WITH LETTER AND CLOCK
to seal whats unwritten
You’re coming, are you, downdrifting light?
Fingers, waxen as well,
strange and aching rings.
Fingertips melter away.
You’re coming, downdrifting light?
Clock’s honeycomb empty of time,
bees myriad bridelike,
ready for flight.
Come, downdrifting light.
‘Alma redemptoris mater’ antiphon
The Hilliard Ensemble
‘You know that when the eyes stop being directed at objects whose colours are in daylight, and turn to those whose colour are lit by the lights of the night, they are dimmed, and become virtually blind, as if there was no clear sight in them.’
‘They certainly do.’
‘Whereas when they are directed at things whose colours have the light of the sun shining on them, they see distinctly. The same eyes now manifestly do have sight in them.’
‘You can look at the soul in the same way. When if focuses where truth and that which is shine forth, then it understands and knows what is sees, and does appear to possess intelligence. But when it focuses on what is minded with darkness, on what comes into being and is destroyed, then it resorts to opinion and is dimmed, as its opinions swing first one way and then another.’
from Plato’s Republic
Tomás Luis de Victoria
Kyrie from Missa Gaudeamus
The Cardinall’s Musick
No poet, no artist of any art, has his complete meaning alone. His significance, his appreciation is the appreciation of his relation to the dead poets and artists. You cannot value him alone; you must set him, for contrast and comparison, among the dead. I mean this as a principle of æsthetic, not merely historical, criticism. The necessity that he shall conform, that he shall cohere, is not one-sided; what happens when a new work of art is created is something that happens simultaneously to all the works of art which preceded it. The existing monuments form an ideal order among themselves, which is modified by the introduction of the new (the really new) work of art among them. The existing order is complete before the new work arrives; for order to persist after the supervention of novelty, the whole existing order must be, if ever so slightly, altered; and so the relations, proportions, values of each work of art toward the whole are readjusted; and this is conformity between the old and the new. Whoever has approved this idea of order, of the form of European, of English literature, will not find it preposterous that the past should be altered by the present as much as the present is directed by the past. And the poet who is aware of this will be aware of great difficulties and responsibilities. [..] He must be quite aware of the obvious fact that art never improves, but that the material of art is never quite the same. He must be aware that the mind of Europe—the mind of his own country—a mind which he learns in time to be much more important than his own private mind—is a mind which changes, and that this change is a development which abandons nothing en route, which does not superannuate either Shakespeare, or Homer, or the rock drawing of the Magdalenian draughtsmen. That this development, refinement perhaps, complication certainly, is not, from the point of view of the artist, any improvement. [..] But the difference between the present and the past is that the conscious present is an awareness of the past in a way and to an extent which the past’s awareness of itself cannot show.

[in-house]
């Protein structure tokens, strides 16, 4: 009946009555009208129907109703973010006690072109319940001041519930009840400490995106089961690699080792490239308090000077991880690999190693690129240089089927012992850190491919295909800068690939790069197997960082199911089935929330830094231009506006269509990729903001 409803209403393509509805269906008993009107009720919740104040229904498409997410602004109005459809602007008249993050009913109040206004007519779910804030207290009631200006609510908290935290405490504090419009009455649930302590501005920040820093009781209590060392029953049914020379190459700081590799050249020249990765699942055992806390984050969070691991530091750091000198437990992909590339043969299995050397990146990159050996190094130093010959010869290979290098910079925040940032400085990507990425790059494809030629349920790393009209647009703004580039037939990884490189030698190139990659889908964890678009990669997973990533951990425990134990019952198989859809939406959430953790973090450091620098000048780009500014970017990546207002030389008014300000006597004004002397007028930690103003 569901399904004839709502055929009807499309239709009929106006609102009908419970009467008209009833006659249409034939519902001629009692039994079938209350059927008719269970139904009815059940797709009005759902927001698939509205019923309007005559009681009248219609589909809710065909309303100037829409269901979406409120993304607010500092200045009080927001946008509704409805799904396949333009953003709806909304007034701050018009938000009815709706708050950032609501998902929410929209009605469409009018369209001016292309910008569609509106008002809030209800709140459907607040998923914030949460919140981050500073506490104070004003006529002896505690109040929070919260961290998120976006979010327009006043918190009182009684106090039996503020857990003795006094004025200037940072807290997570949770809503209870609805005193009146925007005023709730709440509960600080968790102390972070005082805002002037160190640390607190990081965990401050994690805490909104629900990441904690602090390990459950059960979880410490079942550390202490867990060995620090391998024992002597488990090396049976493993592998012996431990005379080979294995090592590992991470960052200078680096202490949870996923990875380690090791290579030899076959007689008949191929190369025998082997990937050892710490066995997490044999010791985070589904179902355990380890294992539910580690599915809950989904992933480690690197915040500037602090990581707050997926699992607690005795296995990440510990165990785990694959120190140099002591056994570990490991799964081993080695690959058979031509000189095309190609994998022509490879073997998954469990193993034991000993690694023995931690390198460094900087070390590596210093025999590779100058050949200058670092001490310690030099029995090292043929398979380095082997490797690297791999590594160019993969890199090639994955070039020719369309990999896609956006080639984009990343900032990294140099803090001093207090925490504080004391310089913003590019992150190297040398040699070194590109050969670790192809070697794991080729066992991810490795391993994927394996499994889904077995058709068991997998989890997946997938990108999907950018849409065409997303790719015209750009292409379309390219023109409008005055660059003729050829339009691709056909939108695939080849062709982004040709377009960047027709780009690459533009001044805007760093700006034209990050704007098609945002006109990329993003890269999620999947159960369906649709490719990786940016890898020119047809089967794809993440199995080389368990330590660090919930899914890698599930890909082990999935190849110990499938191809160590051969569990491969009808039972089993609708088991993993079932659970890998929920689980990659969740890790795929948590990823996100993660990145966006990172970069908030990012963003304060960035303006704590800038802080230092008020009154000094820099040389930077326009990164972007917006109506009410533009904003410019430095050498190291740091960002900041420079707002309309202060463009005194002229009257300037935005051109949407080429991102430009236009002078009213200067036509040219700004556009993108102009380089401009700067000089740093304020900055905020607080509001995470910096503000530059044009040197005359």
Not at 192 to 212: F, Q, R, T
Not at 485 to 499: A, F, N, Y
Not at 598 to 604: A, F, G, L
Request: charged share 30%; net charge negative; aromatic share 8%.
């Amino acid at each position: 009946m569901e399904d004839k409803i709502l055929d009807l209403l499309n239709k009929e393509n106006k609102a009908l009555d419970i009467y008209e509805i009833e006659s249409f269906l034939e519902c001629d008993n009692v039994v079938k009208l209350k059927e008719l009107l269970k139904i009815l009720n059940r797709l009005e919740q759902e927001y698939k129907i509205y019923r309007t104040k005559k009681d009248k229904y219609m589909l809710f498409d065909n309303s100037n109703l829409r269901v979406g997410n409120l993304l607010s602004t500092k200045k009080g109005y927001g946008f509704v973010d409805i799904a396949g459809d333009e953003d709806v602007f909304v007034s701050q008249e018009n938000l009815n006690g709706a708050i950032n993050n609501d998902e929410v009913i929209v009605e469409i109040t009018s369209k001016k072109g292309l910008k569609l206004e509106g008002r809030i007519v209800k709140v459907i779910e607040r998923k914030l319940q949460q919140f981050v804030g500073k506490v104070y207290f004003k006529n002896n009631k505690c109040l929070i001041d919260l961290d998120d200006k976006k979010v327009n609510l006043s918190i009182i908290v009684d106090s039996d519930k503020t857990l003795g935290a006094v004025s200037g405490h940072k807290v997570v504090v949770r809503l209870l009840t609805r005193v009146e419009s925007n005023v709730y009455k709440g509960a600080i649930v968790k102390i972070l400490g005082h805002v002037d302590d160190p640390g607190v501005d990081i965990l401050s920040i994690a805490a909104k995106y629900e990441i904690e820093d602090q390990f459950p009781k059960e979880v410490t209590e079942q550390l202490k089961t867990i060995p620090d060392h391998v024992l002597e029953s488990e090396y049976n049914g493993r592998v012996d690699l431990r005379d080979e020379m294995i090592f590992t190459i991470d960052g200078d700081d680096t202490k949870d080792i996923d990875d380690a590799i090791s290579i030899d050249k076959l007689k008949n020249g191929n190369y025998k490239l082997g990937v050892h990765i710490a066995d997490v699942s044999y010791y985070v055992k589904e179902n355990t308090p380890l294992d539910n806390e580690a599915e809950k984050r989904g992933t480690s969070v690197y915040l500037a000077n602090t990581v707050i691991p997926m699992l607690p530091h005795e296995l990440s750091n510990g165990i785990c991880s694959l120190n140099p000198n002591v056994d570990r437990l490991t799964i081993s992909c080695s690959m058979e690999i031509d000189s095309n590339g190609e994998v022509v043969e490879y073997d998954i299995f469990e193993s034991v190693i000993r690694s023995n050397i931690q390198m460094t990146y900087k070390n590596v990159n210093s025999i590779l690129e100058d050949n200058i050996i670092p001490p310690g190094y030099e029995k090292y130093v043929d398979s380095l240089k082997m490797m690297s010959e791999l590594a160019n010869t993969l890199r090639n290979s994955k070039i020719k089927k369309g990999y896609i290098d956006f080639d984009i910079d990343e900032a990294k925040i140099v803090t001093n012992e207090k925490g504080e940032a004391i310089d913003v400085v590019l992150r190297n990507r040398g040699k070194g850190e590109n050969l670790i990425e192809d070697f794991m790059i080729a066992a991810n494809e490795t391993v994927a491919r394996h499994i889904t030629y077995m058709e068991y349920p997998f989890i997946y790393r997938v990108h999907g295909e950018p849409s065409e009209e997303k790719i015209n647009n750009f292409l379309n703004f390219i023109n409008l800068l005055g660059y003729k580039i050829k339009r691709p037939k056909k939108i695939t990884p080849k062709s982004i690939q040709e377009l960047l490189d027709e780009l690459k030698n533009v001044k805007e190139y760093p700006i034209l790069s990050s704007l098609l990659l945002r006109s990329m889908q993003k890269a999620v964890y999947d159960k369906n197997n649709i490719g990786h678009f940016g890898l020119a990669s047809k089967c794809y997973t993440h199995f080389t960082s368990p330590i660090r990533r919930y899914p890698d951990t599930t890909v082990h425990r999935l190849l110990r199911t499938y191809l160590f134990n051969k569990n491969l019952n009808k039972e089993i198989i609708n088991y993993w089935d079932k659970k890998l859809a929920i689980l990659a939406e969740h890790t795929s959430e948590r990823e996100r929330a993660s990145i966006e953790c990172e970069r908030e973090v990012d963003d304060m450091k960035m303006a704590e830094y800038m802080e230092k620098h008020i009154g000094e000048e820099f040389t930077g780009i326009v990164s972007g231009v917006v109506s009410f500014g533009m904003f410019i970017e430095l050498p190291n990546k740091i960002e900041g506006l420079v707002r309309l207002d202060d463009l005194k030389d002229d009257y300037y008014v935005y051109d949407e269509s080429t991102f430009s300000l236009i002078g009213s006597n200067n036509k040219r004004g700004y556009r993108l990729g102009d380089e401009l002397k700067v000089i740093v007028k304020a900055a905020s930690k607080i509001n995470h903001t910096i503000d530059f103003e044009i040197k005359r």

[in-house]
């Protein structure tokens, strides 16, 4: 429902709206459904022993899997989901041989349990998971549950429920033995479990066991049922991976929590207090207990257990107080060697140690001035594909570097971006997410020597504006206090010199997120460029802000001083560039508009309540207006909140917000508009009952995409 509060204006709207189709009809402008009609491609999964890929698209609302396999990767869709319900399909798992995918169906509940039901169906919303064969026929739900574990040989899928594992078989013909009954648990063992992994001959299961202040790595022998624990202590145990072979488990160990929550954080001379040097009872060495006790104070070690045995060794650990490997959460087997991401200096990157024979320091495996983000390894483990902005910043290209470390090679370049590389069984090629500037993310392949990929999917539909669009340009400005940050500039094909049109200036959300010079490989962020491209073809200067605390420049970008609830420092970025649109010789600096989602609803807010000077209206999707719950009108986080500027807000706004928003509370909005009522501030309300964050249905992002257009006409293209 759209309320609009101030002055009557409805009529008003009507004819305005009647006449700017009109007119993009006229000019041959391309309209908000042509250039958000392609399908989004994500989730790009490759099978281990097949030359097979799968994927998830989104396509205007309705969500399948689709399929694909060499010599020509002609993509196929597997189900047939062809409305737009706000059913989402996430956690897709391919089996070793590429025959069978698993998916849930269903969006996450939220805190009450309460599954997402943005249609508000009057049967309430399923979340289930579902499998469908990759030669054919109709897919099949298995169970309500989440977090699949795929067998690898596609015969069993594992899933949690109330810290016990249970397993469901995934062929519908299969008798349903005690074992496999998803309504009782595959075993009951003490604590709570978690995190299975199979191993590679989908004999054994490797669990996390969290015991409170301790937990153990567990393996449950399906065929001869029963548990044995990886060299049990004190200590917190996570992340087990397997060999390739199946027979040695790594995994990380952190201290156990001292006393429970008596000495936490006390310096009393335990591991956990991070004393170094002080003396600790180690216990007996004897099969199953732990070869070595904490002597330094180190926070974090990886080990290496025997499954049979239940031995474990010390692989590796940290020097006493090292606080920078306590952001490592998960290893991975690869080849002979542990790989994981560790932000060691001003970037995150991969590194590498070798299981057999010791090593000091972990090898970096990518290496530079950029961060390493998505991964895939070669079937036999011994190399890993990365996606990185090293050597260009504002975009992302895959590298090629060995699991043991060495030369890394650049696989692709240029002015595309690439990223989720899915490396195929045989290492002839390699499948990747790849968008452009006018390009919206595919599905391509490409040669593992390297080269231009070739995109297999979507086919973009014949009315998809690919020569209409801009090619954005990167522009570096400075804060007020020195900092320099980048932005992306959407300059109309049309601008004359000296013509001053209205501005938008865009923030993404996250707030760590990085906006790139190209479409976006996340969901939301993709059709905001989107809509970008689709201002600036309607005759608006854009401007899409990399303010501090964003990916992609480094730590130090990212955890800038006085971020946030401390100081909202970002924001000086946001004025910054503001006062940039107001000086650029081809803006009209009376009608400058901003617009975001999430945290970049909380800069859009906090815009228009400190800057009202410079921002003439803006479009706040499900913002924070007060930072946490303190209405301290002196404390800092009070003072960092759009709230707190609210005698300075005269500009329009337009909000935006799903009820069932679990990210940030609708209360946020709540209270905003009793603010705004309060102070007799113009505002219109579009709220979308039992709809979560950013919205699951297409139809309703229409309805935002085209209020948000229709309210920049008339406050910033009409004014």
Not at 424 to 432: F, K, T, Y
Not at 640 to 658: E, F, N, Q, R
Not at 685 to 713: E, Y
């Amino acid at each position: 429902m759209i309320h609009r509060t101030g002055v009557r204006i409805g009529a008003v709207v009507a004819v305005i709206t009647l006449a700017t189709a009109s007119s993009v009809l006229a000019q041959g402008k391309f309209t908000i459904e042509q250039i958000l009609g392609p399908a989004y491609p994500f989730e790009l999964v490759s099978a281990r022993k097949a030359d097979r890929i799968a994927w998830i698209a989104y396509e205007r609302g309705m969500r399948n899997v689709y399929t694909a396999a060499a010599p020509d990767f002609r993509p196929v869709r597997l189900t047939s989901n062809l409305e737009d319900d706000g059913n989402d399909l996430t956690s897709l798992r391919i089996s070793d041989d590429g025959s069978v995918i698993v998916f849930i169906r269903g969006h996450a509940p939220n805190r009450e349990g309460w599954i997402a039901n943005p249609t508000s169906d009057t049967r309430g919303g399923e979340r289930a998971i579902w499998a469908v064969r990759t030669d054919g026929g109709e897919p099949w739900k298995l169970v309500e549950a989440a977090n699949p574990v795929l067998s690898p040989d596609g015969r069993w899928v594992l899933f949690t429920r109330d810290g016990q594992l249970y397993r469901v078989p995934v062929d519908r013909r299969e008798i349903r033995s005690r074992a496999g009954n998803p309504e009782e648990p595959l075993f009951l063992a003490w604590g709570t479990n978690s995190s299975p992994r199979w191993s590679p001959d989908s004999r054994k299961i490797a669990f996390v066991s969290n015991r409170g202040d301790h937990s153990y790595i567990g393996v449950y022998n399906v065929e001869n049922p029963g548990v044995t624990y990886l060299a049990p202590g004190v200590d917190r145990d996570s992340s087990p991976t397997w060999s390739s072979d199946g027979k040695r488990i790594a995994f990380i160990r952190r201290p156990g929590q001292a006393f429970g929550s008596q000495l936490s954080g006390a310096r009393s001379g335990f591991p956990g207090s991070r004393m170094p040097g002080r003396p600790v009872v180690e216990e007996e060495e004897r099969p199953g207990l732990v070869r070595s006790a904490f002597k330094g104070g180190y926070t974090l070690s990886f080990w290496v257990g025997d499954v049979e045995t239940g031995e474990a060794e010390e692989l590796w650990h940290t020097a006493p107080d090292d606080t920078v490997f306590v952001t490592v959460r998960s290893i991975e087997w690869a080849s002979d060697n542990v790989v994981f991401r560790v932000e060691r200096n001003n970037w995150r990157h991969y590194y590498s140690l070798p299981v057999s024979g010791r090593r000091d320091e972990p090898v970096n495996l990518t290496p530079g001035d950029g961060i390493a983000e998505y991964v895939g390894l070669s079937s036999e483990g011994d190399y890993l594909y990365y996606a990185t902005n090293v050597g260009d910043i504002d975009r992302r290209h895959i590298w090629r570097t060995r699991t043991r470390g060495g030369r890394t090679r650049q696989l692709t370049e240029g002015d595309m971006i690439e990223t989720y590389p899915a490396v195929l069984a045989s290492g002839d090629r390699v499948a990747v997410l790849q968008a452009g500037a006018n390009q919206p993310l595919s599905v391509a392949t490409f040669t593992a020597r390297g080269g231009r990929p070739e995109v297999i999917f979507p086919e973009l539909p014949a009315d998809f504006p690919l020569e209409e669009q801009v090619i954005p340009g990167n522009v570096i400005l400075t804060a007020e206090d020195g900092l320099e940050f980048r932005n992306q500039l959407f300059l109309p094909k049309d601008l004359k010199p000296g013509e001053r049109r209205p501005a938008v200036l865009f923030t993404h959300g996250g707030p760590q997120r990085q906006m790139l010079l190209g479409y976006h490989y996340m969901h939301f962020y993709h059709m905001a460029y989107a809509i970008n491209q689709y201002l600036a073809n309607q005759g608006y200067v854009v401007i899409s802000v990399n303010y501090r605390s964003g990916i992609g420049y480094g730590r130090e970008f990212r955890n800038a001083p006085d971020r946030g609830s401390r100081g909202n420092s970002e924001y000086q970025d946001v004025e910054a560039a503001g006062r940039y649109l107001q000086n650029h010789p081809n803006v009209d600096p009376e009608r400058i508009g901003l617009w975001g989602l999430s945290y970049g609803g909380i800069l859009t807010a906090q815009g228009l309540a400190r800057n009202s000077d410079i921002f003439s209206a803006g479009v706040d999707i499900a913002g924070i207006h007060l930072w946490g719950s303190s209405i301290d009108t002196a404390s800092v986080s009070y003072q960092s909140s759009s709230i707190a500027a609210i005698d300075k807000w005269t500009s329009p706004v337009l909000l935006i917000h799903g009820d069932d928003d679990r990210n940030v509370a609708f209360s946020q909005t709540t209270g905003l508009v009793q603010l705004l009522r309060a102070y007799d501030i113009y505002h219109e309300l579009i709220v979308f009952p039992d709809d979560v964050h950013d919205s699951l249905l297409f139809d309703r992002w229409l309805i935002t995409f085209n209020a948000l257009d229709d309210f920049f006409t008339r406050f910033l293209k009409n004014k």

Some one said: “The dead writers are remote from us because we know so much more than they did.” Precisely, and they are that which we know.
T. S. Eliot, from the Tradition and the Individual Talent.
I heard it said, there is
a stone in the water and a circle
and over the water a world
that lays the circle around the stone.
I saw my poplar descent to the water,
I saw how its arm grasped down in the deep,
I saw its roots pray heavenward for night.
I did not hurry after it,
I picked from the soil that crumb
which has your eye’s shape and stature,
I took the chain of judgements from your neck
to frame the table where the crumb now lay.
And saw my poplar no more.